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Congress' week ahead: Healthcare, tax votes and more gridlock

July 09, 2012|By Lisa Mascaro
  • Senate Majority Leader Harry Reid (D-Nev.) on Capitol Hill.
Senate Majority Leader Harry Reid (D-Nev.) on Capitol Hill. (Jacquelyn Martin / Associated…)

WASHINGTON -- To understand the choices before voters this fall, look to Congress this week, where the House and Senate are set to conduct show votes on measures that will have long lives on the campaign trail, but little expectation of becoming law.

The contrast being presented is clear: The GOP-led House is scheduled to vote on a bill to repeal President Obama's healthcare law; the Senate, with its Democratic majority, will try to advance one of the items on Obama's economic to-do list -- a 10% tax credit for companies that make new hires or give employees pay raises.

Neither bill is expected to go far in this divided Congress.

House Republicans have passed 30 bills repealing aspects of the healthcare legislation, but it remains the law of the land. The bill up this week has similar prospects and is likely to languish in the Senate.

"This vote can't come soon enough," said freshman Rep. Ann Marie Buerkle (R-N.Y.) in the party's weekly radio address. "This healthcare law just flies in the face of what America is supposed to be, and repealing it would revitalize our economy and the values upon which our country was founded."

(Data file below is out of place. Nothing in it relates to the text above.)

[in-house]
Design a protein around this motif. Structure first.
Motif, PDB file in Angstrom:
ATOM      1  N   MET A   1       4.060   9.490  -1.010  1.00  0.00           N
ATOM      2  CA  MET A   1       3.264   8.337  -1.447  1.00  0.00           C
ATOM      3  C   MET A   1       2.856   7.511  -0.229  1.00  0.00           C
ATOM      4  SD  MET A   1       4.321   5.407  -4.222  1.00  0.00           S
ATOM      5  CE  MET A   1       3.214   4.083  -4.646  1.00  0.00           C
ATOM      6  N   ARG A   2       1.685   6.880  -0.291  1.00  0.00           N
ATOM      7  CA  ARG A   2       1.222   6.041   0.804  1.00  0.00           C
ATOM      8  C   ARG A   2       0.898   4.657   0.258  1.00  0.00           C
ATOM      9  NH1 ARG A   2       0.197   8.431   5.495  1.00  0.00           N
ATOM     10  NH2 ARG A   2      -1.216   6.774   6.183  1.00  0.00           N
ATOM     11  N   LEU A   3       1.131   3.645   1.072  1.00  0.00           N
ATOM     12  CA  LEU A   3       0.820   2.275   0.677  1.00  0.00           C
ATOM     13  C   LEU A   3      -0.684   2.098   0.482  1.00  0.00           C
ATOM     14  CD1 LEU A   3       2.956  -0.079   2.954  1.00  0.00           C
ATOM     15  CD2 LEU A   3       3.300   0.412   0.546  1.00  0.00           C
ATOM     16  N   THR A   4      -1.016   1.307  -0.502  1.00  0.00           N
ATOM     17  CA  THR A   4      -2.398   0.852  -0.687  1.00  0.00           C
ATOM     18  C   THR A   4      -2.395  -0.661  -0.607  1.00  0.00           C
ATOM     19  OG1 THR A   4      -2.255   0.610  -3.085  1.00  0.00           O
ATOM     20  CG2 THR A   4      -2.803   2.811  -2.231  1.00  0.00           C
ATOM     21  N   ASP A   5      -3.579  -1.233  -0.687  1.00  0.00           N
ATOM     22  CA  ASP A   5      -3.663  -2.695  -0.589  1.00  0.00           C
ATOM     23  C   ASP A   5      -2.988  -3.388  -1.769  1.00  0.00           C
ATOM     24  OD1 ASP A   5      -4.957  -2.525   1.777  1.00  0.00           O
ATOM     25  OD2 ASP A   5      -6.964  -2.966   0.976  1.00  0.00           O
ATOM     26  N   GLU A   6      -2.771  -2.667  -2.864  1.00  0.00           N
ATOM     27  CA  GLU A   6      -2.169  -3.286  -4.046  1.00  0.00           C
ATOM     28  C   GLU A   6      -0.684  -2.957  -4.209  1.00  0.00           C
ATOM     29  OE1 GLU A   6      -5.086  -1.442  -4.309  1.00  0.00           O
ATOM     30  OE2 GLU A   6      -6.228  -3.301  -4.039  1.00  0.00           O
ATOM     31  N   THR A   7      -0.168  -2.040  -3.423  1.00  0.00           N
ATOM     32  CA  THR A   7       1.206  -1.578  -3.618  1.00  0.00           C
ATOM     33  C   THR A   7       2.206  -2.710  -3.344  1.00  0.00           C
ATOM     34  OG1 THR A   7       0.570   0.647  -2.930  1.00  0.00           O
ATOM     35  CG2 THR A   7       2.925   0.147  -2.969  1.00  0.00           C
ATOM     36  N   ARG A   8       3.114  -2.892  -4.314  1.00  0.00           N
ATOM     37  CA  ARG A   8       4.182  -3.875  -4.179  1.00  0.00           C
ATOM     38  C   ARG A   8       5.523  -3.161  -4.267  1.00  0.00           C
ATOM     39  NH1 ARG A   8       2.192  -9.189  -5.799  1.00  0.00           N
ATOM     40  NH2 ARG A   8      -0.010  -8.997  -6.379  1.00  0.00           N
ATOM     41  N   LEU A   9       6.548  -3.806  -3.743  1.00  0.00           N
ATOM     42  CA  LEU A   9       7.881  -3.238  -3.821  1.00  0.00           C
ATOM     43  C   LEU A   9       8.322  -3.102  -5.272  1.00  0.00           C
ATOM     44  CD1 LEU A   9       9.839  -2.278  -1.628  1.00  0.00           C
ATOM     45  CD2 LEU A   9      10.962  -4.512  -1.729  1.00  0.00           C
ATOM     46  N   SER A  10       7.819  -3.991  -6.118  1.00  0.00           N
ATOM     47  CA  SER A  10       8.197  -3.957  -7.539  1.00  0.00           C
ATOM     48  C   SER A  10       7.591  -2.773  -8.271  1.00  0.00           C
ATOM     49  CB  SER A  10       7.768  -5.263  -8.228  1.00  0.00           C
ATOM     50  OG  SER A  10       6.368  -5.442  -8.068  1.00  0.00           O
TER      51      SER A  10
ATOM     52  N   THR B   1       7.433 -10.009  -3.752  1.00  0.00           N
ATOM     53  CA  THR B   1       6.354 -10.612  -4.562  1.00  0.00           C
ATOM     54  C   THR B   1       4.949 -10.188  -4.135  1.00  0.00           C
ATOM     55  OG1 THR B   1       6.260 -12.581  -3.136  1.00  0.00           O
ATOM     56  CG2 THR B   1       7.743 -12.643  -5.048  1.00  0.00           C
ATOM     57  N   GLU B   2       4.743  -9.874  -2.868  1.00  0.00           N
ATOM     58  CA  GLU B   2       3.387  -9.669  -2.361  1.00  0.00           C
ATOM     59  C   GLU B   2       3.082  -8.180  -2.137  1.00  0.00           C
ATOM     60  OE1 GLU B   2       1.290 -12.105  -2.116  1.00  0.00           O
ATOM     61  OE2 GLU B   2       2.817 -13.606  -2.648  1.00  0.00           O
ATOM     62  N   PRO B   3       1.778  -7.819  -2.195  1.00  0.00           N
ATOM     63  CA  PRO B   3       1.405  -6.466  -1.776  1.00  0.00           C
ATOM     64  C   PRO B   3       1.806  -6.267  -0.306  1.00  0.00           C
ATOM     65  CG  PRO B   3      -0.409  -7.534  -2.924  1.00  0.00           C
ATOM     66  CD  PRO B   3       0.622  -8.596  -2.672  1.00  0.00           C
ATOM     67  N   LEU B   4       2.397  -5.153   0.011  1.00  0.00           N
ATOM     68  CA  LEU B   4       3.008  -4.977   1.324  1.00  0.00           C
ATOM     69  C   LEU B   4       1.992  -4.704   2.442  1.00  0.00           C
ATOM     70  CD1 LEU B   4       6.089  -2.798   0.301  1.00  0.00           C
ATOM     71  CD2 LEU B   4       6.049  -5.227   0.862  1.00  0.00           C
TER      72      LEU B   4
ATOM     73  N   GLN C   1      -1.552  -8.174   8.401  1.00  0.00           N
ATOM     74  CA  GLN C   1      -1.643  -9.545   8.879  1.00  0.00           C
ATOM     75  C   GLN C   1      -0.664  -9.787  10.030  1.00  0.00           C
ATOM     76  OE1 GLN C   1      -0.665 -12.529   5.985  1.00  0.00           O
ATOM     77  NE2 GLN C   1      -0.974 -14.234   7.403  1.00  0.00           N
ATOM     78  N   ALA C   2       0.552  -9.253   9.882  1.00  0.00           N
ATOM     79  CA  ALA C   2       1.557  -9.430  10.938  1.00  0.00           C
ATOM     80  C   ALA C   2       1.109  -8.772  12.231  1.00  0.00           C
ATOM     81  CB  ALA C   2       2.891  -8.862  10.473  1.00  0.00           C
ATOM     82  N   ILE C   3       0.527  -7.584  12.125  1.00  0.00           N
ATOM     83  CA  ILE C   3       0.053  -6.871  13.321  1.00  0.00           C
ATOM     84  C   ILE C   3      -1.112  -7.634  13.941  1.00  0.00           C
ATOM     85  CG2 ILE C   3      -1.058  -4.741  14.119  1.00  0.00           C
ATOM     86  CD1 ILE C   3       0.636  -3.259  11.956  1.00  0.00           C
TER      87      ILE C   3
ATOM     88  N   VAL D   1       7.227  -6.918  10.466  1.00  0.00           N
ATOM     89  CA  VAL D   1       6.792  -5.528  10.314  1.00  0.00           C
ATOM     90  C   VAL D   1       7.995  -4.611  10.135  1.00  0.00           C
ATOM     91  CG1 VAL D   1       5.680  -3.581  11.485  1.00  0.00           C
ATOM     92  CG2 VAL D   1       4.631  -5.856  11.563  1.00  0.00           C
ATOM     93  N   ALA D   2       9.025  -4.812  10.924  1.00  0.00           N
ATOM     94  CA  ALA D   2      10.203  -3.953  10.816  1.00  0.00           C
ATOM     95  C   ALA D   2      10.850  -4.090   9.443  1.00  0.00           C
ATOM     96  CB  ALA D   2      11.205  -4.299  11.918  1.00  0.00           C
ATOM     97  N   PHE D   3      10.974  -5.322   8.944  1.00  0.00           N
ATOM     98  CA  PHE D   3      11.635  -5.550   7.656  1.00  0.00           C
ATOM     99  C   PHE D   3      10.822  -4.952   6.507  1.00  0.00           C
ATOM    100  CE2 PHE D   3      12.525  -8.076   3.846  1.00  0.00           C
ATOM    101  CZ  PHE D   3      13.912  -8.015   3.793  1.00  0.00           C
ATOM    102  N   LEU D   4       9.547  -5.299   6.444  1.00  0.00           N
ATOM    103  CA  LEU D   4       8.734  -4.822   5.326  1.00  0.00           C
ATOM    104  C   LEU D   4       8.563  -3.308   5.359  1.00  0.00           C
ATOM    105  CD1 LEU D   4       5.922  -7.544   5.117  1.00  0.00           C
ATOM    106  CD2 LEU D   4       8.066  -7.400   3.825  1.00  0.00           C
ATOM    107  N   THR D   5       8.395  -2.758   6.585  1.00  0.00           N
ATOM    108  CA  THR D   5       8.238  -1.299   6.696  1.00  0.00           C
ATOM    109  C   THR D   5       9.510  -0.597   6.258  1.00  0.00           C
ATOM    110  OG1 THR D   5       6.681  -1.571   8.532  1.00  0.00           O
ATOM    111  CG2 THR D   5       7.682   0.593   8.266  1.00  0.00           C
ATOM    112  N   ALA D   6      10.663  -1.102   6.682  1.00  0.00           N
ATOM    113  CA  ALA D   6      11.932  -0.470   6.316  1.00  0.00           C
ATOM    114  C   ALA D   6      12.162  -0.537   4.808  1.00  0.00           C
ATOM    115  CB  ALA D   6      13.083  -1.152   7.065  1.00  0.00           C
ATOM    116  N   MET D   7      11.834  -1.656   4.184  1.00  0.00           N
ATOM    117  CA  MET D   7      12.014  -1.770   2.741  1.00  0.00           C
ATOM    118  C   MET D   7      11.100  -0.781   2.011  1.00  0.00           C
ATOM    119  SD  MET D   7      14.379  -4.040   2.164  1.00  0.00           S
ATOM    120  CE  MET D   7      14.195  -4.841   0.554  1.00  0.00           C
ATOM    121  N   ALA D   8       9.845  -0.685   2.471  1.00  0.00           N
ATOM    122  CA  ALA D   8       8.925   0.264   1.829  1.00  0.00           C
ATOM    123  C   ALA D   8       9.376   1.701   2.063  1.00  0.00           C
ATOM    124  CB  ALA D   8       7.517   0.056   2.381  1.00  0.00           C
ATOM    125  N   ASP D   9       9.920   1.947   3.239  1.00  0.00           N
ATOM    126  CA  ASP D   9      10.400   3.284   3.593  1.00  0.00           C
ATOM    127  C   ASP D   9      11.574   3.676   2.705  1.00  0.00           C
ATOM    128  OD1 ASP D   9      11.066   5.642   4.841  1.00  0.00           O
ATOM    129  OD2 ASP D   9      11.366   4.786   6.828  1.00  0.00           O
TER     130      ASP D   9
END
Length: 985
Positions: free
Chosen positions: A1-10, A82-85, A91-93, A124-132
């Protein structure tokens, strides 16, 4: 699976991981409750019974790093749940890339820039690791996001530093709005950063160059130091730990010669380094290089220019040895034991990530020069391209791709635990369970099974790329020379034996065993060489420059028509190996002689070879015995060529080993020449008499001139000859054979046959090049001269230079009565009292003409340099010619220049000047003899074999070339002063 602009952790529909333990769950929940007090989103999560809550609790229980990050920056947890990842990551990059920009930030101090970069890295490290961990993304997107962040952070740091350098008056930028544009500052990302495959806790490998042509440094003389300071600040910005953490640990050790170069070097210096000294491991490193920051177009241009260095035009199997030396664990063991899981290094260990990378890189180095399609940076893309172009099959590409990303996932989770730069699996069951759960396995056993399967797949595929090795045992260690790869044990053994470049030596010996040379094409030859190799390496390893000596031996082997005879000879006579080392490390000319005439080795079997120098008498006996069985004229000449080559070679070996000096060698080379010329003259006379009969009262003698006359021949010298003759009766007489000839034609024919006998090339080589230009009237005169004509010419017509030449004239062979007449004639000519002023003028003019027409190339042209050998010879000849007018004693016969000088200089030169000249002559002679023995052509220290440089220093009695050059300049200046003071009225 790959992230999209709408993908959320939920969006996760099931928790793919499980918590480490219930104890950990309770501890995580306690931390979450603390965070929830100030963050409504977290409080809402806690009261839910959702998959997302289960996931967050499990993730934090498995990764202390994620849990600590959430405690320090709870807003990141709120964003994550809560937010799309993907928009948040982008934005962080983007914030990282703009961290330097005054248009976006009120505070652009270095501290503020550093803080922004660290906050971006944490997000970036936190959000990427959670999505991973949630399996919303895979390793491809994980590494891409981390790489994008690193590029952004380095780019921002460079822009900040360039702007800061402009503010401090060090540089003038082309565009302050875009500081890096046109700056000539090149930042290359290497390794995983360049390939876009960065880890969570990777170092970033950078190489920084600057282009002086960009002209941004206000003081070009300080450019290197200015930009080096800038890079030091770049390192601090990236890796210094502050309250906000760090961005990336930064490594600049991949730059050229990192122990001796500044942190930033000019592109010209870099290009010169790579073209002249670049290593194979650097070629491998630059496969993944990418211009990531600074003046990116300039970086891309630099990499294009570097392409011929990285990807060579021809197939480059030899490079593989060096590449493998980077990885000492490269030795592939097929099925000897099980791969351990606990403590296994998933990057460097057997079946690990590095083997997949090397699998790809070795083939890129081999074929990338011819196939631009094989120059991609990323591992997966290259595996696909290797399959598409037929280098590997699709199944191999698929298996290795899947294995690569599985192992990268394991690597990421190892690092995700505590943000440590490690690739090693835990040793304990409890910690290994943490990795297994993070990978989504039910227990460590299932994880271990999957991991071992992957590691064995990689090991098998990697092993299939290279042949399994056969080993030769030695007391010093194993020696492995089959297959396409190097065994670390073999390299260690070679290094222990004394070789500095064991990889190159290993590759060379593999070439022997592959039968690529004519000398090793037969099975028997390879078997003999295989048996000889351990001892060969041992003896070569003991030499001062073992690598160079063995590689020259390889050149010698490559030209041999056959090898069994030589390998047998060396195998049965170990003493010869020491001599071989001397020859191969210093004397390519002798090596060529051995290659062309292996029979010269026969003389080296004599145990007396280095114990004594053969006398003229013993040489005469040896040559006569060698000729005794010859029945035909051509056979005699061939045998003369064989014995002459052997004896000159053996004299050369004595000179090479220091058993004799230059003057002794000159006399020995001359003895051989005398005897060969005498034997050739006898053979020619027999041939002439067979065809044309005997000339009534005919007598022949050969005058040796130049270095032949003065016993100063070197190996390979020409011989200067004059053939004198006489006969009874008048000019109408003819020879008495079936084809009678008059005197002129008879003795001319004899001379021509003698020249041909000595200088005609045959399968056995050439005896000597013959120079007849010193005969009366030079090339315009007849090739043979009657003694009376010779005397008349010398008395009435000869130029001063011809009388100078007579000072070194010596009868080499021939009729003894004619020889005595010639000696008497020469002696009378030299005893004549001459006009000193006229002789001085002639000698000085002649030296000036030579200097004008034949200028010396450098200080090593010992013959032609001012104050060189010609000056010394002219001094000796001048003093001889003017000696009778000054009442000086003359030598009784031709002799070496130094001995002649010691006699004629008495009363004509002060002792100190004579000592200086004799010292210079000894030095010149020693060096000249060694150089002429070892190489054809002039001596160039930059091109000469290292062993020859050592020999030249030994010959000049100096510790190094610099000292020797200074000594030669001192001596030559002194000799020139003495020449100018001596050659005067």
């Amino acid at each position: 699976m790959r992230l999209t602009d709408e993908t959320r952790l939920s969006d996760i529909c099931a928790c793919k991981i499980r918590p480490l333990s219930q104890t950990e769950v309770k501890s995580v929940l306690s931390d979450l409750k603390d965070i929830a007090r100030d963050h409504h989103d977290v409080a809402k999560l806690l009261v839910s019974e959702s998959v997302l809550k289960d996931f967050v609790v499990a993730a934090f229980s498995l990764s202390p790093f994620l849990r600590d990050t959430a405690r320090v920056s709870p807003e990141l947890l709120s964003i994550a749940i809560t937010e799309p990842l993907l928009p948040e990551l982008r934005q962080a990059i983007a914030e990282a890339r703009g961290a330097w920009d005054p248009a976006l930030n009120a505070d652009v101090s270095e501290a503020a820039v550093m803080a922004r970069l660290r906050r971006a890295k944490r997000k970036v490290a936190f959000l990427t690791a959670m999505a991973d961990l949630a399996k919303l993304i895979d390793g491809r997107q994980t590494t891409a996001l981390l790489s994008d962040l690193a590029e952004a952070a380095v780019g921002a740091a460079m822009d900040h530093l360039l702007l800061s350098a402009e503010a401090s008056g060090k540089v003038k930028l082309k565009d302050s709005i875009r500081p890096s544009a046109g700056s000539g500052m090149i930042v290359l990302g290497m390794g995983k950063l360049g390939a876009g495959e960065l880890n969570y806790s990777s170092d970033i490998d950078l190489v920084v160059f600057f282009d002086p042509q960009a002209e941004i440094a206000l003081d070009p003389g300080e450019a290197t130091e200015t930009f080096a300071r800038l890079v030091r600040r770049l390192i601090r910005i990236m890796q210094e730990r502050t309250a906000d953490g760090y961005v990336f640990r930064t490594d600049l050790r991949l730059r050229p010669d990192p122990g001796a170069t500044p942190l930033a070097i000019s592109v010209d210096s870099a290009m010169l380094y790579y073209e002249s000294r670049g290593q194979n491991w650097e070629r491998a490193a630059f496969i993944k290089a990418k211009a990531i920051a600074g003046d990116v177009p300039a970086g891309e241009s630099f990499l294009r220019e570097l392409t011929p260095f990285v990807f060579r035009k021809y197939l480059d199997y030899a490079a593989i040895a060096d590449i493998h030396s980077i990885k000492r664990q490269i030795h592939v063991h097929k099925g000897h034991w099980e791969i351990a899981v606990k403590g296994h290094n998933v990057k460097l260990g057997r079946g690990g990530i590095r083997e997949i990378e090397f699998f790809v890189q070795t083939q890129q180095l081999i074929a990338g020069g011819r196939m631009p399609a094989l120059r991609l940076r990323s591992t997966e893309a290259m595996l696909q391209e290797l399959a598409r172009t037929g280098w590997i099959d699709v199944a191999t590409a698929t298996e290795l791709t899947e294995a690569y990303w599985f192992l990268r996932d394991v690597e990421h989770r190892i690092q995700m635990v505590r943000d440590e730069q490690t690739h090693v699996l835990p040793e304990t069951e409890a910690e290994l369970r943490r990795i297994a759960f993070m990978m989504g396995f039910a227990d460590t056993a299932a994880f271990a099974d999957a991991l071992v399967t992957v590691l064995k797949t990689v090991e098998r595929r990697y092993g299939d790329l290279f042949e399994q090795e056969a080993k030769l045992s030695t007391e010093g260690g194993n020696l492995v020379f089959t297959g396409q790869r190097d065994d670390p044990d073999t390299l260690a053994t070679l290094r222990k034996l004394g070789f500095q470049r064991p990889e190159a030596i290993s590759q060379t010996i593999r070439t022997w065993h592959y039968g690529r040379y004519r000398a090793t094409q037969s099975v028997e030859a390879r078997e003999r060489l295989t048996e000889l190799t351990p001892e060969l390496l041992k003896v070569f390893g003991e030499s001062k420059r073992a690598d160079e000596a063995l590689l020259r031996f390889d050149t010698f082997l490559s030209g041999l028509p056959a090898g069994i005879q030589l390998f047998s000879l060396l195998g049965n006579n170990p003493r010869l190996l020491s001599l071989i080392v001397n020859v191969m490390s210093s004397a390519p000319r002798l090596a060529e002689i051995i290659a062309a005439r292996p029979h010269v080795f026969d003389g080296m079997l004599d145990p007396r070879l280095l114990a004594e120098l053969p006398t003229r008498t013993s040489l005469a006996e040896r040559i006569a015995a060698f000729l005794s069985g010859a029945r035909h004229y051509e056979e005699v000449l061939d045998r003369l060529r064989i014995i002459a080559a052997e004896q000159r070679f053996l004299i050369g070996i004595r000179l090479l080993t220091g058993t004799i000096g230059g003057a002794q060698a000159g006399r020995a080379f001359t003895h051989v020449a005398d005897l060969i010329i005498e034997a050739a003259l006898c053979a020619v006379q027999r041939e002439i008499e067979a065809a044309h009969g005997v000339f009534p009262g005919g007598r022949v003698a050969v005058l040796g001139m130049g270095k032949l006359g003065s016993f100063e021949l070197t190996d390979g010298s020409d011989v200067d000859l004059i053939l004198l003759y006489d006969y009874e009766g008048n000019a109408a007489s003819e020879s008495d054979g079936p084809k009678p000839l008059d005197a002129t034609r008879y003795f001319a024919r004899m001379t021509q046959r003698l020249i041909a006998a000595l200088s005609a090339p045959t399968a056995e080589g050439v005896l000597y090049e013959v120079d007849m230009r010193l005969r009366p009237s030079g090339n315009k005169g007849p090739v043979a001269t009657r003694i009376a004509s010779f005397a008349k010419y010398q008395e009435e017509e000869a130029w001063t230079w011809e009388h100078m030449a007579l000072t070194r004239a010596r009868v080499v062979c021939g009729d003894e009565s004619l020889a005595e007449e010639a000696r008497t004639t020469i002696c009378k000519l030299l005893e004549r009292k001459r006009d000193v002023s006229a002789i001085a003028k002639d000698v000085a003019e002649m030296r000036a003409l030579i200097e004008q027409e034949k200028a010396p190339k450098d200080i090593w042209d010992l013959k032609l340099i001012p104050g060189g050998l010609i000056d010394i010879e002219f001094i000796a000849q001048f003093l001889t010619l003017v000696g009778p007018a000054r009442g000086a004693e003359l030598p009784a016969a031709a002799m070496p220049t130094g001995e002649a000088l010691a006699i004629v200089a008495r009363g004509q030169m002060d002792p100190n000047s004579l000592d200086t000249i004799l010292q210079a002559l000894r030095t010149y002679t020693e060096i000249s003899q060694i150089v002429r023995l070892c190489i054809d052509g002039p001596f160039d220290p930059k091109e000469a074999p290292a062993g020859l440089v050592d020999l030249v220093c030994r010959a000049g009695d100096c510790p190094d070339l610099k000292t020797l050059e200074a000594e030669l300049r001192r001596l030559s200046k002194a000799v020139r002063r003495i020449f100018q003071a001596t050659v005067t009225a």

At the same time, the proposed tax measure is likely to find little support from Republicans in the Senate. The bill would provide a tax break of up to $500,000 per company, as well as other tax credits for business owners.

"Unless Republicans are truly rooting for our economy to fail, there is simply mo reason for them to oppose such common-sense jobs measures," Senate Majority Leader Harry Reid (D-Nev.) said in announcing the vote.

July is often a month in Congress when lawmakers spend their days on political message votes -- measures they can bring home to voters to show where they stand on the issues.

The only problem with that strategy this year is that voters, viewing the situationĀ in partisan Washington, have given Congress some of its lowest approval ratings ever.

At a time when polls indicate that jobs and the economy remain the top issues on voters' minds, lawmakers may find these show votes give them little boost amid an electorate that has grown tired of the gridlock.

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